Amidst all the hue and cry about the fiscal cliff and the debt limit, a voice of reason made a plea so reasonable and nonpartisan that it was of course ignored.
Senator Mary Landrieu (D-LA), in the December 20th Congressional Record, wrote a plea for investing taxpayer dollars in what works. "...we have a responsibility to our taxpayers to improve outcomes for young people and their families by driving Federal funds more efficiently toward evidence-based, results-oriented solutions."
On a particularly encouraging note, Senator Landrieu noted that a bipartisan consensus is growing in support of programs such as Investing in Innovation (i3) and the Social Innovation Fund (SIF), which support scaling up of proven programs in education and social services, respectively.
There is never a good time to waste taxpayers' money, but in a time of fiscal belt-tightening, the need to focus resources on approaches proven to work is particularly compelling. What taxpayers want is better schools and more effective social services, not just more spending.
Today, there is a growing set of programs that have been proven to work in large experiments under realistic conditions. Programs such as i3 and SIF help build up the "shelf" of proven programs and help them begin to scale up, and this is unprecedented. But it is time to move to the next step: Encouraging schools and social services agencies to make use of proven programs.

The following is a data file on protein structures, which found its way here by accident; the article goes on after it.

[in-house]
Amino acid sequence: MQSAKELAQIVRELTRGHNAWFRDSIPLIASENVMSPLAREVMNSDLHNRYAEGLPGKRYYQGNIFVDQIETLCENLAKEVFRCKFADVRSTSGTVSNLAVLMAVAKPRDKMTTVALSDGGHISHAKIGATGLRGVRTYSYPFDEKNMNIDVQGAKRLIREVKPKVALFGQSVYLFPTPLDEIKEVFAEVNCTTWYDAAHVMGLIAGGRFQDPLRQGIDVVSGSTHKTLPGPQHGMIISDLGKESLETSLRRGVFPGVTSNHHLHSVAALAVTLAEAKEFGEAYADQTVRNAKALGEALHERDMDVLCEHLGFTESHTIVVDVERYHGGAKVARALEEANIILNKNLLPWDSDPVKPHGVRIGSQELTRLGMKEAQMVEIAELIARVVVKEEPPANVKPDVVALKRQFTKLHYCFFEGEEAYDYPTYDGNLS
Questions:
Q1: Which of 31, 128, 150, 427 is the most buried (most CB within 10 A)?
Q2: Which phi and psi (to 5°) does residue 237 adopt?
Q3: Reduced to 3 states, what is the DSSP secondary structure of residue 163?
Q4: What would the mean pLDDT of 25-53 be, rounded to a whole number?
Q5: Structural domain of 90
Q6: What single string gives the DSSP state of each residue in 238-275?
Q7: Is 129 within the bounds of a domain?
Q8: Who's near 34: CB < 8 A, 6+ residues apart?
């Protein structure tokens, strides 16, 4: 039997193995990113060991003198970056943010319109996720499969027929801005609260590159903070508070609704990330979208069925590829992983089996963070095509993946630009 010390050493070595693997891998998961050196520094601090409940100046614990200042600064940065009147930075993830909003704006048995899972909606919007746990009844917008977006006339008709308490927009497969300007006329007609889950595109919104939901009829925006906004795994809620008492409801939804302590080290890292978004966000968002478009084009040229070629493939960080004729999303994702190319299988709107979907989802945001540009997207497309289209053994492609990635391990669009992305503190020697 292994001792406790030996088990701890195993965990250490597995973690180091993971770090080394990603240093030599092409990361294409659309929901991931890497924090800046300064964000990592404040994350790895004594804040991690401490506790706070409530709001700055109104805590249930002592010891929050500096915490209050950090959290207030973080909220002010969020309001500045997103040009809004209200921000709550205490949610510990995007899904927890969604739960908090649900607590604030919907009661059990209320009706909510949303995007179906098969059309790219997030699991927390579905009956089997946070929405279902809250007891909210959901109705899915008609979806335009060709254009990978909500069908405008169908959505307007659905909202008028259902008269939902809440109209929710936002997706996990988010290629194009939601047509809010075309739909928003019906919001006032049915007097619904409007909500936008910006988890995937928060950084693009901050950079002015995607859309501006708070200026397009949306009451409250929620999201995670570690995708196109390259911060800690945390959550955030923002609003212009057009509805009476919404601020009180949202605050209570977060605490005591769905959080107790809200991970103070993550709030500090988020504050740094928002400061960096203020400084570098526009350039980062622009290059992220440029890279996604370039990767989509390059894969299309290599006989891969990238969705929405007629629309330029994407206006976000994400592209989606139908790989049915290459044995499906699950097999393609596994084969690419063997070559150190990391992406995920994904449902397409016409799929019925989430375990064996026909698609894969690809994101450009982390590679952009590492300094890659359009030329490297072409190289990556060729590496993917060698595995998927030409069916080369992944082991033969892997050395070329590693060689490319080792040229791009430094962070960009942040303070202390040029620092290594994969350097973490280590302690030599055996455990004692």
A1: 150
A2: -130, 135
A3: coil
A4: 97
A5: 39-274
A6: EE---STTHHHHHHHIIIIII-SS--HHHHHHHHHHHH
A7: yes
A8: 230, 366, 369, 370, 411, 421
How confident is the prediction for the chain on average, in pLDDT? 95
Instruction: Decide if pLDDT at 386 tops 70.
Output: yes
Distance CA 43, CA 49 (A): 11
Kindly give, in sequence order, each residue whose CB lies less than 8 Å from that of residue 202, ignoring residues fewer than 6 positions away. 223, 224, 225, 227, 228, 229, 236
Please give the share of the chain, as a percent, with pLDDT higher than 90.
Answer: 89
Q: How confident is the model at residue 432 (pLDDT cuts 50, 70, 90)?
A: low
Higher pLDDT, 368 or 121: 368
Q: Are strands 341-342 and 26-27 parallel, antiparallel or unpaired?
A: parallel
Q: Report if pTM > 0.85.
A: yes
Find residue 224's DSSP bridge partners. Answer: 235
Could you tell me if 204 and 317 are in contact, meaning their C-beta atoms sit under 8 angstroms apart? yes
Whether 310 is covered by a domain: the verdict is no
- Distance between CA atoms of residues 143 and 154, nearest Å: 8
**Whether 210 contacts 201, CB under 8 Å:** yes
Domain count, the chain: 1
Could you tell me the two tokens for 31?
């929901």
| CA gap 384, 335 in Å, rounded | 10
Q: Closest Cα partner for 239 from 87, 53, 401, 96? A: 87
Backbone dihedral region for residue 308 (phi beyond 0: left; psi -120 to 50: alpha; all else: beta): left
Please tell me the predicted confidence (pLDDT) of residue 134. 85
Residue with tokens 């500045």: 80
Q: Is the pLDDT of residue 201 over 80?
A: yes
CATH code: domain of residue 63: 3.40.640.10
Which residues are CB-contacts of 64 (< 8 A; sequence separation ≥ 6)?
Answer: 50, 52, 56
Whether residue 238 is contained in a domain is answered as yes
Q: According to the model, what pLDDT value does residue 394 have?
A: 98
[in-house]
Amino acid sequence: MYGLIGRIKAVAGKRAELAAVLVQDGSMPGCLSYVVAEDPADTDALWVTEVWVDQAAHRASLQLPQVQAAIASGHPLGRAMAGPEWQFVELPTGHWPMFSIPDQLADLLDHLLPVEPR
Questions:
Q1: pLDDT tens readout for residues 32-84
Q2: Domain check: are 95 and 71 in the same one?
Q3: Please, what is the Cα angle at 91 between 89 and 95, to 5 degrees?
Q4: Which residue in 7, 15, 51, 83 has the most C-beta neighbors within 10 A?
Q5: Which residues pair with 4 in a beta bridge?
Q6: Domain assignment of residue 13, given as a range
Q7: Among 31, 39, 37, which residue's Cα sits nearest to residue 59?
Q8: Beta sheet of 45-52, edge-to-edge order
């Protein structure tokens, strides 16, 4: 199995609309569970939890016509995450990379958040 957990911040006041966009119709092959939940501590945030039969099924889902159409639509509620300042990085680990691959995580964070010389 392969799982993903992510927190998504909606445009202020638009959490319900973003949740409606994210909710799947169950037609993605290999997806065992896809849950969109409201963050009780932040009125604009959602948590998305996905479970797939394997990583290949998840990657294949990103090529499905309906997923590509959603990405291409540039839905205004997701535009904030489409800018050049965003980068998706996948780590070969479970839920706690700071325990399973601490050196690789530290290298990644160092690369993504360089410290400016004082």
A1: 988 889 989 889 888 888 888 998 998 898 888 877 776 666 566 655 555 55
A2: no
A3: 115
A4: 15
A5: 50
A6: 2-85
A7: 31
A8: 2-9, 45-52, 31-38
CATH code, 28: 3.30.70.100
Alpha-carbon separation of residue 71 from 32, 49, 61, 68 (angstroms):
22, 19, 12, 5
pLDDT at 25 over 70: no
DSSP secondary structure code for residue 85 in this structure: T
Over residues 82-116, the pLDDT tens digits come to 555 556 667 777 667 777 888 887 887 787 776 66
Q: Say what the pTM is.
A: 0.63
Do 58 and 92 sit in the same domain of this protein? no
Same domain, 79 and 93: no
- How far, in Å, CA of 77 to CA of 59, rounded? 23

For example, i3 is a $150 million a year program designed to scale up proven models, but Title I, the largest federal education program at $15 billion a year, is untouched by the evidence-based reform movement. The role of evidence is growing in federal funding, but as Senator Landrieu argues, we need to "target investments in interventions with the strongest evidence of effectiveness" across the board, not just in demonstrations.
Wise use of federal resources is not a Democratic or Republican issue. It is a moral imperative, both in the bond of trust between taxpayers and government and in ensuring effective services to vulnerable young people.